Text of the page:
Apple TV is something of a mixed bag for Apple and a mystery for Apple TV customers. Some functions and features are to die for. Apple TV rules the roost with applications. Other functions are less inviting.
Navigating Apple TV can be a pain; the remote is clumsy, Siri is deaf or just doesn’t understand Brooklynese, and competitors offer far more bang for the buck. So, what can Apple do to rescue Apple TV? I have a short list.
Not. That. Bad.
Recently, members of the nattering nabobs of negativism, chatter members all of the technorati elite politburo have pointed out Apple TV’s many weaknesses, and how poorly the device performs relative to competition from Google Chromecast, Roku, and Amazon Fire. Since Apple TV is priced higher than all those devices combined, one could say Apple leads in revenue and profits; pretty much like it does everywhere else.
Regardless, Apple TV needs a few more changes to make it the must-have darling of the cut-the-cord members.
- Price – yes, Apple TV is just too expensive. It’s loaded with features, yes, but people care about video streaming and less about buying and owning videos.
- Navigation – to be fair, none of these home streaming TV devices have good navigation, and it takes longer to switch between channels when they’re apps than it does to switch when using a cable TV remote. Clearly, interface is an issue.
- Streaming TV Package – Google’s YouTube TV is pretty cool. Stream what you want to watch including local television stations, and keep what you want to save on Google’s cloud. That means you can pretty much watch what you want where you want and when you want, thanks to YouTube TV’s skinny TV package. Apple TV needs that, too.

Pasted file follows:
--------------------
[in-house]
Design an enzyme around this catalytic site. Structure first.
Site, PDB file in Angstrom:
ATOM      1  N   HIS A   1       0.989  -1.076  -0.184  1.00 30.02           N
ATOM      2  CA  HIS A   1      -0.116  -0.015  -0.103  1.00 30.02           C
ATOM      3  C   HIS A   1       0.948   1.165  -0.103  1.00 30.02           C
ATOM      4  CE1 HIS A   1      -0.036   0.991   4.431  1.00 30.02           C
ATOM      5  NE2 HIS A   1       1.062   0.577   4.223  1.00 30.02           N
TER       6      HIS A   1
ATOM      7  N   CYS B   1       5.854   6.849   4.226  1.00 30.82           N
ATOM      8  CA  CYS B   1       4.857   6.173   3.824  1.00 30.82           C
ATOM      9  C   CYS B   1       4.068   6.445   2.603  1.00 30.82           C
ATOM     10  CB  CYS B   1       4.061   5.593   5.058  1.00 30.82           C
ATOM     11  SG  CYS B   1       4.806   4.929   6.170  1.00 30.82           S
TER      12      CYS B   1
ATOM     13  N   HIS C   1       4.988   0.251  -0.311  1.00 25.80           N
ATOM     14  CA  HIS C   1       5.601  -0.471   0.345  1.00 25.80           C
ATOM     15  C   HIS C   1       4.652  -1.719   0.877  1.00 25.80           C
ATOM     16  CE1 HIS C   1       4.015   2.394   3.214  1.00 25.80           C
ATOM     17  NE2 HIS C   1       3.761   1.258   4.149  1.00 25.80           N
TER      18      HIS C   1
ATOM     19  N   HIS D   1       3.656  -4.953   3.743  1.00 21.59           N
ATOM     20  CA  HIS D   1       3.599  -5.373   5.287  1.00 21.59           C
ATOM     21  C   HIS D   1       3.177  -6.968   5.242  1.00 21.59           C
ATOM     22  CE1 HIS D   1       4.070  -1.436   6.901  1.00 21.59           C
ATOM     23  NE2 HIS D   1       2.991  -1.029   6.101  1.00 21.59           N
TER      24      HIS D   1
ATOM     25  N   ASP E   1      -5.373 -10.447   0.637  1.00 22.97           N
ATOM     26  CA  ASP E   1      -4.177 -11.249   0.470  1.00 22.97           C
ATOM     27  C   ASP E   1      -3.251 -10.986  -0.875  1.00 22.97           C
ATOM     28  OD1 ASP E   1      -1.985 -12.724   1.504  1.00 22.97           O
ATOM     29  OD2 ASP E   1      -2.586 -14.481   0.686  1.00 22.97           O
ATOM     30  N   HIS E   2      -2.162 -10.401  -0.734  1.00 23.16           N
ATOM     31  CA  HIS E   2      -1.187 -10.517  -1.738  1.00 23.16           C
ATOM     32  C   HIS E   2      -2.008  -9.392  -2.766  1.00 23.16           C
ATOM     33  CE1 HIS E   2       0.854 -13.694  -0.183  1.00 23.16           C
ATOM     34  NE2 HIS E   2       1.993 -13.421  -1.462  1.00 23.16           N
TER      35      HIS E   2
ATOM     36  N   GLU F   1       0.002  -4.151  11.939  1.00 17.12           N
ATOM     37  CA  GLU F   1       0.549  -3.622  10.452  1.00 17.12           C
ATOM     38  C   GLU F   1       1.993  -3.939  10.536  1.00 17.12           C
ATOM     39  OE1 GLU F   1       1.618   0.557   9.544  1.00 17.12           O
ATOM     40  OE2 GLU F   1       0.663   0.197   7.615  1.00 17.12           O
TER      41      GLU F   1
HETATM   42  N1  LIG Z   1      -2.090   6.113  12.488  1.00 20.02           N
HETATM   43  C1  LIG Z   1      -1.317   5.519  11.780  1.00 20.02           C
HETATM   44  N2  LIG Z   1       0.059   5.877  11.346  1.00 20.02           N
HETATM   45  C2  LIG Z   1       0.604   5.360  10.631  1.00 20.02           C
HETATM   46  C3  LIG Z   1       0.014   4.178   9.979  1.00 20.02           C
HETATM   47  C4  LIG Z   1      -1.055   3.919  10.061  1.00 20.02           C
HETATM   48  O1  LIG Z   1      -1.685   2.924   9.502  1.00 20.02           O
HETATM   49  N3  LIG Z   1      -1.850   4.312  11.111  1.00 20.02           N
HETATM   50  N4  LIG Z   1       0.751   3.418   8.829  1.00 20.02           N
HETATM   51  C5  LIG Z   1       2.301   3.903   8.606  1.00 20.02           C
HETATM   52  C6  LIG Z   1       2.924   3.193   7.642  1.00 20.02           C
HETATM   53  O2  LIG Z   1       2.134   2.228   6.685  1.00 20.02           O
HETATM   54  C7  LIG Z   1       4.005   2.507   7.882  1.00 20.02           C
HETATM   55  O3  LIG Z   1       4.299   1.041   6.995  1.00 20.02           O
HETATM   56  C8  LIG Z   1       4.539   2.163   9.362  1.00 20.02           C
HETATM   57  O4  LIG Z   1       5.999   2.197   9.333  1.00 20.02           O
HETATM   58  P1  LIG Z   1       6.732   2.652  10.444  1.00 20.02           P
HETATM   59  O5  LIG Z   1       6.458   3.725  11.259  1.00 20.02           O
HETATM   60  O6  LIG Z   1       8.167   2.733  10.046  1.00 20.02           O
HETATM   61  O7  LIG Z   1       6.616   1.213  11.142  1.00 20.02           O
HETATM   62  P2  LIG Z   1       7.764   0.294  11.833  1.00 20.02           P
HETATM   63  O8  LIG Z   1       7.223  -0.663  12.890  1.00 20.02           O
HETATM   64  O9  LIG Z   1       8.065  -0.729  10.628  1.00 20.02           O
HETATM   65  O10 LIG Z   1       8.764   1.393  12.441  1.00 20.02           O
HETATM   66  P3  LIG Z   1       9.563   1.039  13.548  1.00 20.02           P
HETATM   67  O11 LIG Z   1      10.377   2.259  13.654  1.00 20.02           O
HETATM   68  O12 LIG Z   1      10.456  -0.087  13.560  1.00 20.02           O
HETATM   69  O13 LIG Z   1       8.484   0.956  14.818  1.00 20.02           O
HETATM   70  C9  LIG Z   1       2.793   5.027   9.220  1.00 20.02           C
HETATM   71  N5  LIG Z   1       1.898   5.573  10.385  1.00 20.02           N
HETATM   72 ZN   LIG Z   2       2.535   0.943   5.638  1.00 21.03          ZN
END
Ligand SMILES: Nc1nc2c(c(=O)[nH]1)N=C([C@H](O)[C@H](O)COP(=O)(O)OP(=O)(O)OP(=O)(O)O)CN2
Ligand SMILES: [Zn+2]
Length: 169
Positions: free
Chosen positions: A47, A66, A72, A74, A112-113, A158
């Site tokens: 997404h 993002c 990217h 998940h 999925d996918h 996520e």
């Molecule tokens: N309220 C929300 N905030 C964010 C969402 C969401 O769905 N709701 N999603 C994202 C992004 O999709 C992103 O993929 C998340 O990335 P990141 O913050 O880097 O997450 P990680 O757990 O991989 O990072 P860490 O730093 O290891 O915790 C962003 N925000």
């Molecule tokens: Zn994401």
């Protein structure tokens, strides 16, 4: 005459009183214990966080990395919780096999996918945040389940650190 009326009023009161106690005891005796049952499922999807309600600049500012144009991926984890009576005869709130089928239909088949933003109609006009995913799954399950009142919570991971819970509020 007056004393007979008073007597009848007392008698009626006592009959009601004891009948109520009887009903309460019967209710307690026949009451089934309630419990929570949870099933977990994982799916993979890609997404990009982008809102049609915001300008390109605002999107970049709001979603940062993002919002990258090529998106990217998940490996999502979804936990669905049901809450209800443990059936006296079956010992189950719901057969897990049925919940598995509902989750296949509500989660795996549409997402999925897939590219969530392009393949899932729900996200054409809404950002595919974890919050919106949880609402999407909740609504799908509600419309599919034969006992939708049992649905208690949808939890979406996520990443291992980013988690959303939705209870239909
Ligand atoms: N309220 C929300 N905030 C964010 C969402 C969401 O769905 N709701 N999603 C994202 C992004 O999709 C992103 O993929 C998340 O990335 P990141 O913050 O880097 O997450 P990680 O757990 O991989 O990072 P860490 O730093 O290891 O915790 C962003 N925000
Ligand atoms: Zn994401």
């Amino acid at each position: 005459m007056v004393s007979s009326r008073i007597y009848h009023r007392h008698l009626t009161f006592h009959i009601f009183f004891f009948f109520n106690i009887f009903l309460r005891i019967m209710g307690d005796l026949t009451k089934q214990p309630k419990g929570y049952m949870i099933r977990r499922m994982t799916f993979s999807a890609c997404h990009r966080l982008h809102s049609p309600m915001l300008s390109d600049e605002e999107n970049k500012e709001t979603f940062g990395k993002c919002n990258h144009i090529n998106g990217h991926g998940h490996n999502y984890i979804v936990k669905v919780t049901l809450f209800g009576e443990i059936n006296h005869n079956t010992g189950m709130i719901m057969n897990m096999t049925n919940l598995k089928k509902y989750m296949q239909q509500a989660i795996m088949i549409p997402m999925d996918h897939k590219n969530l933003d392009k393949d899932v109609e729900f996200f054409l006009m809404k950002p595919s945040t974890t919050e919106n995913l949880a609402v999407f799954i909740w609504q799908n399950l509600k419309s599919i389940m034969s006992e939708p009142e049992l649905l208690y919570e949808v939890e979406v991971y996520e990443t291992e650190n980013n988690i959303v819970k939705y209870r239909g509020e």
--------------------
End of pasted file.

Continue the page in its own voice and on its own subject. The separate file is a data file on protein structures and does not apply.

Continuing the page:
- Picture-in-Picture – ESPN has an excellent picture-in-picture option called MultiCast so you can watch up to four games at the same time. Think how cool that will be with the rumored 4K Apple TV. That’s four 1080p high resolution live streams on one screen.
What’s not to like about an Apple TV which can stream four different channels onto one screen and quickly zoom in and out between each one?
ESPN is doing it right.
Now, ESPN’s new MultiCast feature is great for sports, but Apple should make a similar function built-in to tvOS for multiple app channels. Four different channels onscreen at the same time, Picture-in-Picture style, with an easy way to switch between channels to go fullscreen, and allow for audio from one screen to rule, while easily switching audio to other screens, but keeping all four onscreen at the same time.
These are important user friendly features that Apple could drop into the next Apple TV.